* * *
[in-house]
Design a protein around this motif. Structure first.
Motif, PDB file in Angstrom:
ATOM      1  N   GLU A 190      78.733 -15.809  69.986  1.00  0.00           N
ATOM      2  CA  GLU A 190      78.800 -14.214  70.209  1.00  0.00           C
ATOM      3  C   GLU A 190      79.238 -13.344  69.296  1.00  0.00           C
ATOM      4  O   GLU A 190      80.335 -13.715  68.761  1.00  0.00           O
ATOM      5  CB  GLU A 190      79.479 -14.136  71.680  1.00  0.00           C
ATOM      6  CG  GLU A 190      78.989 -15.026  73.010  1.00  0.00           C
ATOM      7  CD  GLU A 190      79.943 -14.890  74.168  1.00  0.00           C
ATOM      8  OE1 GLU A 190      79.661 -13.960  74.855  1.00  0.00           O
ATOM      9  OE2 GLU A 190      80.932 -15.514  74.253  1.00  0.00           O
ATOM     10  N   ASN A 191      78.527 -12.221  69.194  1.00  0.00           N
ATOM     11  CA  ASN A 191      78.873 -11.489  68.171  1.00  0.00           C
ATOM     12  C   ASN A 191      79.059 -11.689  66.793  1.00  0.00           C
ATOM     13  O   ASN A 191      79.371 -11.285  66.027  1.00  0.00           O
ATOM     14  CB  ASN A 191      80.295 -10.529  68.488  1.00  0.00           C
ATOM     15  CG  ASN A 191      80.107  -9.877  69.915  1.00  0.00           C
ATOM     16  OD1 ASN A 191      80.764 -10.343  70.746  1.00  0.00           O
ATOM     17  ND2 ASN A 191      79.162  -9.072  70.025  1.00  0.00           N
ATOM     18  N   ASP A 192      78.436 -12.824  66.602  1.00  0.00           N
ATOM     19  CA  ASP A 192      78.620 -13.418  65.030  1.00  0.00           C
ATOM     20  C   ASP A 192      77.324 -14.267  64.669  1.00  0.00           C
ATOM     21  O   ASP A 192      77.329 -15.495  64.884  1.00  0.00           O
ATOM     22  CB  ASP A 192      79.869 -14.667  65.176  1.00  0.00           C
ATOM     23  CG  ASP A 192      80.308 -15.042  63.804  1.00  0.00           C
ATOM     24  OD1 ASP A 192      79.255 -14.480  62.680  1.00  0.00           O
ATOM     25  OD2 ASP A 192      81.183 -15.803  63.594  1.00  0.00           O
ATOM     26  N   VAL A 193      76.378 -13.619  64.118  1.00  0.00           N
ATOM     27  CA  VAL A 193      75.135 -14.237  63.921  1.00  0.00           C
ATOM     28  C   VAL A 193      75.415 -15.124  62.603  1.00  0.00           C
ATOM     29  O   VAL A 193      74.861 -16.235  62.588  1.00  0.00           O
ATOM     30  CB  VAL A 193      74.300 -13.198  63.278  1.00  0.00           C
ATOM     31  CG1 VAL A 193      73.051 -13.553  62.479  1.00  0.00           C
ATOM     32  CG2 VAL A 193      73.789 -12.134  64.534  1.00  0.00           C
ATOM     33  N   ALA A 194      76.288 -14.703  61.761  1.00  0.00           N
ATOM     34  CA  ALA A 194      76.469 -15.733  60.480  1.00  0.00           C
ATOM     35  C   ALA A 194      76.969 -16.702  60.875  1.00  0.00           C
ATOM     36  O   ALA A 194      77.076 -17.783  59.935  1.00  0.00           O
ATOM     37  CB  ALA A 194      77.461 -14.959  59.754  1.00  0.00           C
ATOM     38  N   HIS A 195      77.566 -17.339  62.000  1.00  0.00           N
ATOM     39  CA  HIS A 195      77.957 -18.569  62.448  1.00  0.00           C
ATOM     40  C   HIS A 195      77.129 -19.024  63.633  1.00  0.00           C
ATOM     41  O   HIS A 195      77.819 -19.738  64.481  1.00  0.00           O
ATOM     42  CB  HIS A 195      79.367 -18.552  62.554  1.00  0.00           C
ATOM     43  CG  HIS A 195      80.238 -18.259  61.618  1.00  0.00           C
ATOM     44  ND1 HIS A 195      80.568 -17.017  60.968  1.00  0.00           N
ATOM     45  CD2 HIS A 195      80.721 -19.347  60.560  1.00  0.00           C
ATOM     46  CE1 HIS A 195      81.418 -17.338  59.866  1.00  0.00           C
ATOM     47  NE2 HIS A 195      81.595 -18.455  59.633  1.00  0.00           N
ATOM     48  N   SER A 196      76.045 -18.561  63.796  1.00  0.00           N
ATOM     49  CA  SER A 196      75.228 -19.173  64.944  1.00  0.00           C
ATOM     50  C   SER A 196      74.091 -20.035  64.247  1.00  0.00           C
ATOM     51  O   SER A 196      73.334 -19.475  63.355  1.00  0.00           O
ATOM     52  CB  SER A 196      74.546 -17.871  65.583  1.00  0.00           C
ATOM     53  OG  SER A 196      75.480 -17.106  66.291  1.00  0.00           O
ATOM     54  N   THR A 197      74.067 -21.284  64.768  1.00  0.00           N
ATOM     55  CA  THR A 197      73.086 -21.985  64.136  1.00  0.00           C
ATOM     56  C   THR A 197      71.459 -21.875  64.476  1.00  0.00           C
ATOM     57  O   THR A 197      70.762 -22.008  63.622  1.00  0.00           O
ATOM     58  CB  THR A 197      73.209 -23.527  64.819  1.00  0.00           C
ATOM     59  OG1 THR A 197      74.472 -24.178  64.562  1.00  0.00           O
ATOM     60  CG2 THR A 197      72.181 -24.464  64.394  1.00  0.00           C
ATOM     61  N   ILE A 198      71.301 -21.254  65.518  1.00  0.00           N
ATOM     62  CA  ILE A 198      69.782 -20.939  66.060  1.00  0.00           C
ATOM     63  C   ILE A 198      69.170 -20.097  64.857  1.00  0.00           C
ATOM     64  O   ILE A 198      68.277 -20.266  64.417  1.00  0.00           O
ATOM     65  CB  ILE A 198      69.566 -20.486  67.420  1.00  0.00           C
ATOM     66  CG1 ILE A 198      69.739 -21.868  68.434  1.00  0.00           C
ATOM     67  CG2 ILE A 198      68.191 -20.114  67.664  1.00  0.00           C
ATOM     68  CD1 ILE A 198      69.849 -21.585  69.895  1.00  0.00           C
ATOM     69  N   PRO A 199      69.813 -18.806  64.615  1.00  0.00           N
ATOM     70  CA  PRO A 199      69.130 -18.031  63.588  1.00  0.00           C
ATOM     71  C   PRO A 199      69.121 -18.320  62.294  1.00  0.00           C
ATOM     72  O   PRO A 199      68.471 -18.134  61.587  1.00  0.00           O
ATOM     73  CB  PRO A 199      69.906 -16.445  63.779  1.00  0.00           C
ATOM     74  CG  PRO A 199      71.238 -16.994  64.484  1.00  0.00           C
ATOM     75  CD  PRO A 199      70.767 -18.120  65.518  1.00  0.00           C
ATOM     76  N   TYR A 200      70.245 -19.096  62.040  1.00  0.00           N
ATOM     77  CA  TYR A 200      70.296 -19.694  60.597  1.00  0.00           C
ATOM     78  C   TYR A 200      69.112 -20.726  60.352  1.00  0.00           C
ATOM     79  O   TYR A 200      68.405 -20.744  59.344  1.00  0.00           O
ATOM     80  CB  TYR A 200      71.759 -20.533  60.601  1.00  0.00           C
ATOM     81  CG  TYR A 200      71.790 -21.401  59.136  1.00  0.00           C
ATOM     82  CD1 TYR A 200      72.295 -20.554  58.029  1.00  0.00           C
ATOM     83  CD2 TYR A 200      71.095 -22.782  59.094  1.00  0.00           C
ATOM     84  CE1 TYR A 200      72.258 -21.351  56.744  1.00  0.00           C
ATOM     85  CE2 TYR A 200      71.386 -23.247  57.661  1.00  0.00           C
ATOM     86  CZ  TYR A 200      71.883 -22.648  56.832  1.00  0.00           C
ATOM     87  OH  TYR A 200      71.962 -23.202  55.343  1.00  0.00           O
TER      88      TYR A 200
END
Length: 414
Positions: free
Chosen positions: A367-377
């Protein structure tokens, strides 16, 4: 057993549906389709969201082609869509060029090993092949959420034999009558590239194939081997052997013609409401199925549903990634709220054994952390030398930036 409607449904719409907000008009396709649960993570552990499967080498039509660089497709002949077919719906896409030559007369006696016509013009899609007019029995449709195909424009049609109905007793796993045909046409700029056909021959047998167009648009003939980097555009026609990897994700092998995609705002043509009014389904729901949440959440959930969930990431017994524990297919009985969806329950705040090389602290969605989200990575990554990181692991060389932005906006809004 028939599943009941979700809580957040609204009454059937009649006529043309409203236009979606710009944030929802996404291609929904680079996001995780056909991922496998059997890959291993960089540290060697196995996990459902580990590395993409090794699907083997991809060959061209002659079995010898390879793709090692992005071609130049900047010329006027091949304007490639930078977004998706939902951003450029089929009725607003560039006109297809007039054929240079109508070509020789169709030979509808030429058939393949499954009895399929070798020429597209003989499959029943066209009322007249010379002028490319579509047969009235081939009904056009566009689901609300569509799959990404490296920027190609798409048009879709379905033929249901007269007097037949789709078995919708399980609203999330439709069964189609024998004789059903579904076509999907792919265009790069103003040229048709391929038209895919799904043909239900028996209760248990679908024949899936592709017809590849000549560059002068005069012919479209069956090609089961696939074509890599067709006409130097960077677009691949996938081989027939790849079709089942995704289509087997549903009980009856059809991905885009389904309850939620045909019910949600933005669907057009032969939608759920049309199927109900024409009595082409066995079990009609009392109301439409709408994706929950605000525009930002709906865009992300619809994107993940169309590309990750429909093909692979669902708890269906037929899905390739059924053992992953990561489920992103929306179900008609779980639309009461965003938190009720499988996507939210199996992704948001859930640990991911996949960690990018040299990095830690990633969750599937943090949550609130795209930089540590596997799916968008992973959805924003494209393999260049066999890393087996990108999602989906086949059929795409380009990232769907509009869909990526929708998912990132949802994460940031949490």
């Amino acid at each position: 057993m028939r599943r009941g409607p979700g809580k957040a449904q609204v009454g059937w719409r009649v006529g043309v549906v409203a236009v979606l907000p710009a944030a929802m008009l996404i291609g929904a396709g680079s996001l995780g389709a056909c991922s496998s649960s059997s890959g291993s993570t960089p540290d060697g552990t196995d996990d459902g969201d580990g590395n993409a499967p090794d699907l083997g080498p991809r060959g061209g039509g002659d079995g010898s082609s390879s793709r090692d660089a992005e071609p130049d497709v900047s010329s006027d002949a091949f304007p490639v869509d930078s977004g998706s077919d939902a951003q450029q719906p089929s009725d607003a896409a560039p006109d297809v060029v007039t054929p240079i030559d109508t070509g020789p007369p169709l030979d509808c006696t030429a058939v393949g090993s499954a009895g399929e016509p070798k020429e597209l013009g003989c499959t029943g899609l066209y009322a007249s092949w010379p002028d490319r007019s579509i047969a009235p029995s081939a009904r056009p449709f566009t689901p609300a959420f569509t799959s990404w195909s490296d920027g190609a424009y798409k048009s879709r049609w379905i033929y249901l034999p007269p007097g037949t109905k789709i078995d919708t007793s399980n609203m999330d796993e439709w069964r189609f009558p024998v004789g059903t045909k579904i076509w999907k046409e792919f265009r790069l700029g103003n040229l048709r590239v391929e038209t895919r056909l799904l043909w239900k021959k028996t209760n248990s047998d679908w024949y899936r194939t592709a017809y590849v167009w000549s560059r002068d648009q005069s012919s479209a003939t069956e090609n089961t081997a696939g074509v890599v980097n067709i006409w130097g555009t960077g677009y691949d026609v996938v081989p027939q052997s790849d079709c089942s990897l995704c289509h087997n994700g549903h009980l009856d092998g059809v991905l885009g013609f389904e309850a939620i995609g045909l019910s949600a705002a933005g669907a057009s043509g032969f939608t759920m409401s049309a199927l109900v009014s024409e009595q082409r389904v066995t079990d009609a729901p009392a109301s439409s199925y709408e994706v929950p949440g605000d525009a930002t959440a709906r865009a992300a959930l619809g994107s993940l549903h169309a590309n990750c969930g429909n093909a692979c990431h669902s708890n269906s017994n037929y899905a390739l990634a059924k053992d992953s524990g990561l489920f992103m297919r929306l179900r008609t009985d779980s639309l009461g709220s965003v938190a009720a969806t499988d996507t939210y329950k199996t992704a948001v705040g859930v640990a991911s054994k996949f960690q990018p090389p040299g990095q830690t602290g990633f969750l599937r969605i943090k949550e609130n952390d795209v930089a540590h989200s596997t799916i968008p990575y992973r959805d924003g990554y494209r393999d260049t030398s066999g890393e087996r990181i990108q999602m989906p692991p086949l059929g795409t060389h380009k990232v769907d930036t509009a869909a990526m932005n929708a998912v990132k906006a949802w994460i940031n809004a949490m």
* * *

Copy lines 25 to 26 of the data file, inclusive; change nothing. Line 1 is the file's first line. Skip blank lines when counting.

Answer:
ATOM     22  CB  ASP A 192      79.869 -14.667  65.176  1.00  0.00           C
ATOM     23  CG  ASP A 192      80.308 -15.042  63.804  1.00  0.00           C